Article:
An ankle sprain is the most common athletic injury and the #1 reason people see an orthopaedist. The Department of Health and Human Services estimates that 30,000 people in the United States alone sprain their ankle on any given day. Sprains are more common in some sports, such as basketball, where landing badly from a jump or pivoting awkwardly can damage the tissues. In one study, basketball-related sprains accounted for 13% of all musculoskeletal injuries.

Recent studies of these injuries have shown that 10-40% of them don’t heal properly and result in persistent symptoms.

At LA Orthopaedic Specialists, our expert team of orthopaedists and orthopaedic surgeons treats all manner of injuries, including ankle sprains. If you’ve had a bad sprain, there are things you can do to prevent your ankle from becoming unstable; we’re here to tell you how.

What causes chronic ankle instability?

A sprain refers to an injury suffered by one or more ligaments, the tough bands of tissue that connect bone to bone. An ankle sprain happens when the ligaments that hold the joint together are stretched beyond their usual capacity. Ankle sprains can vary from a minor stretch on one end to severe tears on the other. The worst-case scenario? When the ligament completely ruptures.

Generally, a mild sprain causes moderate-to-severe pain and only temporarily weakens your joint. With rest, time to heal, and some targeted exercises, it’ll feel better in a month or two. However, if your ligaments don’t heal properly, even a mild sprain can lead to chronic weakness and unsteadiness — ankle instability.

When an ankle becomes unstable, the weakened ligaments increase your risk of spraining it again and again. Eventually, the instability damages the bones and cartilage in your ankle, leading to arthritis (joint inflammation).

If you want to avoid ankle instability, here’s what our experts recommend:

Start with the basics: RICE

No matter if your ankle sprain is minor or severe, it can benefit from starting with the RICE protocol, which minimizes swelling and helps you begin the healing process.


Give your injured ligament a chance to start healing by staying off your foot and taking a break from your activities until your doctor says otherwise.


Apply an ice pack immediately to the injury to minimize pain and swelling. Use the pack for 10-20 minutes at a time, at least three times per day, for the first 2-3 days following your sprain.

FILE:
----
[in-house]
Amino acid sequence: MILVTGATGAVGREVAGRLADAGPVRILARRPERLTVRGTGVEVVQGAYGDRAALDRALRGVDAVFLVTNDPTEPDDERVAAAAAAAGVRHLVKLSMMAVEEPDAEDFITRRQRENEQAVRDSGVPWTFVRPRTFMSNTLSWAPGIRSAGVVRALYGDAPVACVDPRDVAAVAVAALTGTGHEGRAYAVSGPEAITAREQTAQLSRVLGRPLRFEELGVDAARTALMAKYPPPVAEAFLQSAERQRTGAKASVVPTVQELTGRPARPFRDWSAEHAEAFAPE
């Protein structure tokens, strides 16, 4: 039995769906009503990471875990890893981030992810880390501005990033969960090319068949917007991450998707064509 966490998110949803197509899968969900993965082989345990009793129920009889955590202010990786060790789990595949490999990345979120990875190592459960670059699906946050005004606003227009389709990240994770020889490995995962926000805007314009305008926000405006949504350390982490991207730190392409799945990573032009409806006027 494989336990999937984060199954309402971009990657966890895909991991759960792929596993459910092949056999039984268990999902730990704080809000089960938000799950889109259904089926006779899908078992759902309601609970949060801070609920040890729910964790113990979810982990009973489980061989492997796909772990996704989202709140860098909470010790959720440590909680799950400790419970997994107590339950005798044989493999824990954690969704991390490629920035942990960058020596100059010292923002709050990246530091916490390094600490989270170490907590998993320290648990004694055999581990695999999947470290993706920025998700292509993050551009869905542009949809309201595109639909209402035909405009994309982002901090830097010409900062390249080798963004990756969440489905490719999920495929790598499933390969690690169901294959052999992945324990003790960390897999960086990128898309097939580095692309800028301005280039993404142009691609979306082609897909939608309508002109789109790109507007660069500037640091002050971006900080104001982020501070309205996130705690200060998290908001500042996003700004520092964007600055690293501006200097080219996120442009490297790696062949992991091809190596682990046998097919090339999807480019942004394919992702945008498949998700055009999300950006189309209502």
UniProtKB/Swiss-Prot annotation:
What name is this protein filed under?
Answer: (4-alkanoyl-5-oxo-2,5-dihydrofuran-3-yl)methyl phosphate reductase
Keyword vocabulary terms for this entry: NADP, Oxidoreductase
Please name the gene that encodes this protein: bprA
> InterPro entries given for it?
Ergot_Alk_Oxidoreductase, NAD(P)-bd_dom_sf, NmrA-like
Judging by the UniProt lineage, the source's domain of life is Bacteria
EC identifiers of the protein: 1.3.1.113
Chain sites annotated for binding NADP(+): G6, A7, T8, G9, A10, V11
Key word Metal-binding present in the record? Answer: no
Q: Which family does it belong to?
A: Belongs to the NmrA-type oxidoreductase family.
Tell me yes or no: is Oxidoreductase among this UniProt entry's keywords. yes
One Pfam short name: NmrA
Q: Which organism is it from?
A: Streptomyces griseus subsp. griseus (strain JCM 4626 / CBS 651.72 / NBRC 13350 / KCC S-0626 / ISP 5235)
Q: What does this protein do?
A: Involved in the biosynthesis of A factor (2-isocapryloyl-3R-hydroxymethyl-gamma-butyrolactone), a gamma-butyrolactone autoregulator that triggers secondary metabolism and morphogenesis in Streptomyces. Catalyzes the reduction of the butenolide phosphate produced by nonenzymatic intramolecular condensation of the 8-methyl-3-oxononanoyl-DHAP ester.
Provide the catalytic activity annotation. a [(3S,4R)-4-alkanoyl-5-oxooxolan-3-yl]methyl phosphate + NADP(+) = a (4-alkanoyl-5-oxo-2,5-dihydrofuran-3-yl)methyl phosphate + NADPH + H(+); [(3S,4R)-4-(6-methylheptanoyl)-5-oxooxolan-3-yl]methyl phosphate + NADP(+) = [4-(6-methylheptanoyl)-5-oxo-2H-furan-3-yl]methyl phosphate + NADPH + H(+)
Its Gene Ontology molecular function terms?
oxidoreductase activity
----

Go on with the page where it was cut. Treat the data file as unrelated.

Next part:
Wrap an elastic bandage (like an ACE bandage) around your ankle to minimize swelling. A wrap also provides stabilization while you heal.


Keep your injured ankle elevated any time you’re lying or sitting down, including when you apply an ice pack. By keeping your foot at or above heart level, you can reduce swelling.

Get help from the pros

It may be tempting to try to “walk off” an ankle sprain, but all sprains, even mild ones, need to be evaluated by a professional. Schedule an appointment with us as soon after the injury as possible, and don’t hesitate to call if you have any questions about whether treatment is necessary.

Give it a rest

The quickest path to developing chronic instability is to continue using your ankle before it’s fully healed.

Keep your weight off your ankle for at least 7-10 days unless we advise you otherwise. If your sprain is moderate or severe, we’ll most likely give you a walking boot or cast to protect and immobilize your ankle as it starts to heal.

Take your time

Restoring full ligament strength is a gradual process, and putting stress on your ankle too soon is one of the most common causes of ongoing instability. An average sprain takes at least six weeks to heal.

As soon as it’s safe, we recommend that you start rehabilitating your ankle through some form of physical therapy; it will help you regain strength and range of motion in the joint. Typically, you start with a gentle range of motion exercises, and, once the swelling and pain decrease, we shift the focus to strengthening activities. We also include exercises for the calves and feet, since they directly affect how your ankle functions.

If you participate in regular or competitive sports, we may include additional exercises to your rehabilitation program that are specific to your activity. We may also suggest you wear a functional brace to stabilize the ankle and prevent it from rolling again as you resume normal activities.

Have you sprained your ankle and are wondering what to do next? If you’re in the Los Angeles, California, area, you need to come into LA Orthopaedic Specialists for an evaluation and proper treatment. To get started, call our office at 213-455-8448, or book your appointment online with us today.

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